Not A Safari

South Africa's World Cup, as seen from New York City


In the neighbor’s yard, a lonely white football sits in the white sun, abandoned from some child’s game. It waits, as I also wait, for the main event.

The Mundial begins in exactly one week. The last Mundial was a zone of delights, as they always are, but it was also a zone of melancholy, ending with Zidane’s decisive moment, a moment sweet in conception and execution, having something of the character of an anti-colonial rebellion, bearing a long and sour afterlife.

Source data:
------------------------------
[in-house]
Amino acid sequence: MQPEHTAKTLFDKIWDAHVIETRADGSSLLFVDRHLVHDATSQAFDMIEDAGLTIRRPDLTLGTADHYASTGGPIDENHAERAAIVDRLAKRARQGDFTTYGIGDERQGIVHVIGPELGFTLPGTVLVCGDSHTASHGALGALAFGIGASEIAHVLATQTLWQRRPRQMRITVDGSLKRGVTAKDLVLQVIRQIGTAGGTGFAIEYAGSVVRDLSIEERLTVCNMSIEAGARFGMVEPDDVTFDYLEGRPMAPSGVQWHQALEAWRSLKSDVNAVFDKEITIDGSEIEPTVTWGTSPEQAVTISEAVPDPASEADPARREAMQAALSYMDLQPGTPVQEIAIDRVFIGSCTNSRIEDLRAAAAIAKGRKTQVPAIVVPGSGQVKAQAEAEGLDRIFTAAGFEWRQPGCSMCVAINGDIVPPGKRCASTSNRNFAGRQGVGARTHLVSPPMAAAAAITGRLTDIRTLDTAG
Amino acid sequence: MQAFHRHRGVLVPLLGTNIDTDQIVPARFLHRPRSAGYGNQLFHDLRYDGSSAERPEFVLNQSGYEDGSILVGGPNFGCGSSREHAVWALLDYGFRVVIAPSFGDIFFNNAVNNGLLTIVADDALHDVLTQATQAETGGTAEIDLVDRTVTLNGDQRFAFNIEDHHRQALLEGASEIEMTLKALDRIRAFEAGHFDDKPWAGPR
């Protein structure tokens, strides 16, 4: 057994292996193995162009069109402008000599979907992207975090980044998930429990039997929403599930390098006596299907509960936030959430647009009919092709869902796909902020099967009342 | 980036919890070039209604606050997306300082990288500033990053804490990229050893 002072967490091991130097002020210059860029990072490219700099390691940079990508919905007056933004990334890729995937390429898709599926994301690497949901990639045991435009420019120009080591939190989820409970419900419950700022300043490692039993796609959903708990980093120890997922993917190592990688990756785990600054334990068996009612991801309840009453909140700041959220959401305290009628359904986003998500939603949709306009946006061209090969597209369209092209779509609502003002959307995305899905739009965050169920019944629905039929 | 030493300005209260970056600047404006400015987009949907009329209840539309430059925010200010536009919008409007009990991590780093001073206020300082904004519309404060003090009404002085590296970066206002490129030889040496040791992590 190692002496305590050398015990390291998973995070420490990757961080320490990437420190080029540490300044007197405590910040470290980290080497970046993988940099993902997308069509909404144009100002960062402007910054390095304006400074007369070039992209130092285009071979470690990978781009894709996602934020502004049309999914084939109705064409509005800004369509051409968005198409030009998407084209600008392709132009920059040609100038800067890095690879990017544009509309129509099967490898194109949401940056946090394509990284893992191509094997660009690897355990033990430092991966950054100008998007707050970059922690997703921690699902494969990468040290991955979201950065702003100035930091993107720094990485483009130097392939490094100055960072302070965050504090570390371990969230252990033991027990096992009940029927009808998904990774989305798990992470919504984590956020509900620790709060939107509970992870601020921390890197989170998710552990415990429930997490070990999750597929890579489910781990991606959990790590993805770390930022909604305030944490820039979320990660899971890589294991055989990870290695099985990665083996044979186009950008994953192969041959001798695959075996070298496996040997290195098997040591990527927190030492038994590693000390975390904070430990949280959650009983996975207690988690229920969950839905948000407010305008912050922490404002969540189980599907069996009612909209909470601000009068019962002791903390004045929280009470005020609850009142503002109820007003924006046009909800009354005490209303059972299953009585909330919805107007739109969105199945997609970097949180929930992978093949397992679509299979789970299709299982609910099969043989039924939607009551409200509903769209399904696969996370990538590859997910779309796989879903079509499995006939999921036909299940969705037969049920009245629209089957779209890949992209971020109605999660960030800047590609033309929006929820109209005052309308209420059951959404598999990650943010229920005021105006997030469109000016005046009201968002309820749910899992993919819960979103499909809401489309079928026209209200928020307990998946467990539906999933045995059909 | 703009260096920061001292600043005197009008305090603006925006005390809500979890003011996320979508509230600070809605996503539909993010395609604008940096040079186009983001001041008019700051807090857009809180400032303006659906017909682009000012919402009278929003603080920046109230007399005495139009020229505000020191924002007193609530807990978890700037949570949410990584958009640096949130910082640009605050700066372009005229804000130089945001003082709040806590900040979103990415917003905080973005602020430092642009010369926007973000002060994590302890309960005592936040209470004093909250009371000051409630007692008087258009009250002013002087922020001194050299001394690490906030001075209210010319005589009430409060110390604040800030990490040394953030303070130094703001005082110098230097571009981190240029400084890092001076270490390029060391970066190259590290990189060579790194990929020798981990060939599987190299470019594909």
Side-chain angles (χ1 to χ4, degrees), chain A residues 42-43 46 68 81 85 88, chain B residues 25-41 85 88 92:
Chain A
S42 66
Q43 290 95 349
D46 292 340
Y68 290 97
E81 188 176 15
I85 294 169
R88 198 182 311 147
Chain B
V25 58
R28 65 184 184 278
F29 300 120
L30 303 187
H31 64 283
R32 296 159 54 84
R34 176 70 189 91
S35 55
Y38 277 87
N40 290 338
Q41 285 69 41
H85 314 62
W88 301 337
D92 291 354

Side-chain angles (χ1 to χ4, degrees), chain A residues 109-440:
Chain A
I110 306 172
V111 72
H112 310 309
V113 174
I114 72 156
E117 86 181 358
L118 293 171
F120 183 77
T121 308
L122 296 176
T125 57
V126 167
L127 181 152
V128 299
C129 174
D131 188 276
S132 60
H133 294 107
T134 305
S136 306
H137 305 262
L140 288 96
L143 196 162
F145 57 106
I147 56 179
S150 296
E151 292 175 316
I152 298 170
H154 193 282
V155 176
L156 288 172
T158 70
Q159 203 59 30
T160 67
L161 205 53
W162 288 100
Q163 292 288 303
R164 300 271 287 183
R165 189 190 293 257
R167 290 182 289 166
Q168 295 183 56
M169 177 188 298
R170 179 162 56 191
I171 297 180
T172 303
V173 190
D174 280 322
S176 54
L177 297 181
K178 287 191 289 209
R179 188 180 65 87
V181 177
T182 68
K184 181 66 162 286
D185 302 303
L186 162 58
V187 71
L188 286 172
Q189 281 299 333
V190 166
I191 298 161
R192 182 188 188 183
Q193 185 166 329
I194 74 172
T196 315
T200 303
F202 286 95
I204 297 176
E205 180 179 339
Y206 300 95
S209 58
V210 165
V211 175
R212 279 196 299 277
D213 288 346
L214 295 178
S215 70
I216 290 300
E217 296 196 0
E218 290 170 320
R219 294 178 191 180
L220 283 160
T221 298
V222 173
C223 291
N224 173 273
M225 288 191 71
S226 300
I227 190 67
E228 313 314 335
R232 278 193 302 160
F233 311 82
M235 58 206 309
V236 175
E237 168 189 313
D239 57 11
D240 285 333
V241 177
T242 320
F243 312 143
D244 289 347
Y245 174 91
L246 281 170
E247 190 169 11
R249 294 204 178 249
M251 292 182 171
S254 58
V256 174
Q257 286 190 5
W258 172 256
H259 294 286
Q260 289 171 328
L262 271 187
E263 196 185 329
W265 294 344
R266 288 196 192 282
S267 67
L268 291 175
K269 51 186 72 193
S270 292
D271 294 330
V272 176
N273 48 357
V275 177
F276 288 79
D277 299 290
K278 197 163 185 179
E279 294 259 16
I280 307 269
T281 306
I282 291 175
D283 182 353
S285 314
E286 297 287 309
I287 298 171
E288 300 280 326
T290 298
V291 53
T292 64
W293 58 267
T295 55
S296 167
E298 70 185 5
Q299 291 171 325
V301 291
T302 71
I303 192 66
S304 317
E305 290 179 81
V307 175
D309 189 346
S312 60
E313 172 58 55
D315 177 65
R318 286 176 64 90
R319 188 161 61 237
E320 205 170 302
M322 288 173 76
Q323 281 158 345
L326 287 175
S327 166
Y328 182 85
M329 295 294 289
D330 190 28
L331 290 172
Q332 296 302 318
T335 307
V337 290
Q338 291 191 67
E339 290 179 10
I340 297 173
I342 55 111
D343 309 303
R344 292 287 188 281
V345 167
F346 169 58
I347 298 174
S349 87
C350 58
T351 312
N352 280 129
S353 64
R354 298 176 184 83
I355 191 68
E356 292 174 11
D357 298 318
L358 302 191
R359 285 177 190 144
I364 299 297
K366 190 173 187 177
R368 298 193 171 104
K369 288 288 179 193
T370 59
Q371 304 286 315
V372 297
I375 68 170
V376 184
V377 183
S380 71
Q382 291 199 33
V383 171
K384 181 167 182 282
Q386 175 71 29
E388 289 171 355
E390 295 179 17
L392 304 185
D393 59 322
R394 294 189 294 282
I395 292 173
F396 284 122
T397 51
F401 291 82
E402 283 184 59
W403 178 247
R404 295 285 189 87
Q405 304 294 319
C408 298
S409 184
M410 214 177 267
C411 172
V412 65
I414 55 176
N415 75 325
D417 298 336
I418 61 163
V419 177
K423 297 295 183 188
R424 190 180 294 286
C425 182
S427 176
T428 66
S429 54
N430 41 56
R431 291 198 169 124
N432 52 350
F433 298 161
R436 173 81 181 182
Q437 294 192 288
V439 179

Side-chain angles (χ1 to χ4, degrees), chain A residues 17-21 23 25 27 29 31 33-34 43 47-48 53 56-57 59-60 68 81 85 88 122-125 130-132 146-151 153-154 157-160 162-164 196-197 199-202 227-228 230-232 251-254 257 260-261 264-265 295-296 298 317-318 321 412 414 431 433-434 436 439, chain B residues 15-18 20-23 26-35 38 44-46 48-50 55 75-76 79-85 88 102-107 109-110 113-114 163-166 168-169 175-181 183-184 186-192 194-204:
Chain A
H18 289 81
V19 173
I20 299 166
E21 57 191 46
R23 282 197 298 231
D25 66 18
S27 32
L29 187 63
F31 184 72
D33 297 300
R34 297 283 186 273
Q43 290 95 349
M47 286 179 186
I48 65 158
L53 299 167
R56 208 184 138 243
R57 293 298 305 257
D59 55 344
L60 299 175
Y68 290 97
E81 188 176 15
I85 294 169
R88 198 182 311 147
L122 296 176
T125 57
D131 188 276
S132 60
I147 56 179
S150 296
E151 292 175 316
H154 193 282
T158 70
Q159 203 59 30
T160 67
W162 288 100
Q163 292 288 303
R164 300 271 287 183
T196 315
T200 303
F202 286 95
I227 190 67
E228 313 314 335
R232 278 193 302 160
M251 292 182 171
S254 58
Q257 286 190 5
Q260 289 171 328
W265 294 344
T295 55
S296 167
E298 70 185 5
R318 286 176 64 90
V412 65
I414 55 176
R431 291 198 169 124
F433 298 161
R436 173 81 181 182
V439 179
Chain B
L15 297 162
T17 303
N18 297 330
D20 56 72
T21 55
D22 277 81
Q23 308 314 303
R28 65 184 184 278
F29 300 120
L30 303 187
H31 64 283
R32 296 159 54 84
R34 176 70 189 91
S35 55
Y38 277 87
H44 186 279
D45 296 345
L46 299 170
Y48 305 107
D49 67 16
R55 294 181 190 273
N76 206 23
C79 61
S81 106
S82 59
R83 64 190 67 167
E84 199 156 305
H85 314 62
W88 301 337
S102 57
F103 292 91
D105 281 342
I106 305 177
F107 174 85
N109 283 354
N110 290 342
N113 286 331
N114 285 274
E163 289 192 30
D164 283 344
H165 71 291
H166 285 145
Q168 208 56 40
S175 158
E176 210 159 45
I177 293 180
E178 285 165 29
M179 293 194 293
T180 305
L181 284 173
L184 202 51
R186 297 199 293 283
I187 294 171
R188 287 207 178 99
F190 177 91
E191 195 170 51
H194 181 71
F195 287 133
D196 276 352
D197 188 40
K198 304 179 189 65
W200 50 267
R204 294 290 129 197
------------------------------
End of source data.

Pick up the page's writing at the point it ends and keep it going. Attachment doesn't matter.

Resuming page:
The melancholy of this new Mundial is a preemptive melancholy that flits around the joys to come, a placeholder before we lose ourselves in the game itself. Many advertisers have chosen to set their videos in landscapes inhabitated only by noble savages or wild animals. Analysts are interested in evidence of African economic incompetence. This nonsense is going to require saintly patience.

Futbolistically speaking, an unusual number of highly-rated teams, teams that depend on a single hero—Drogba’s Côte d’Ivoire, Essien’s Ghana, Ballack’s Germany—seem destined to do battle as did the Achaeans without Achilles: headlessly, futilely.



Filed under: peroration, , ,

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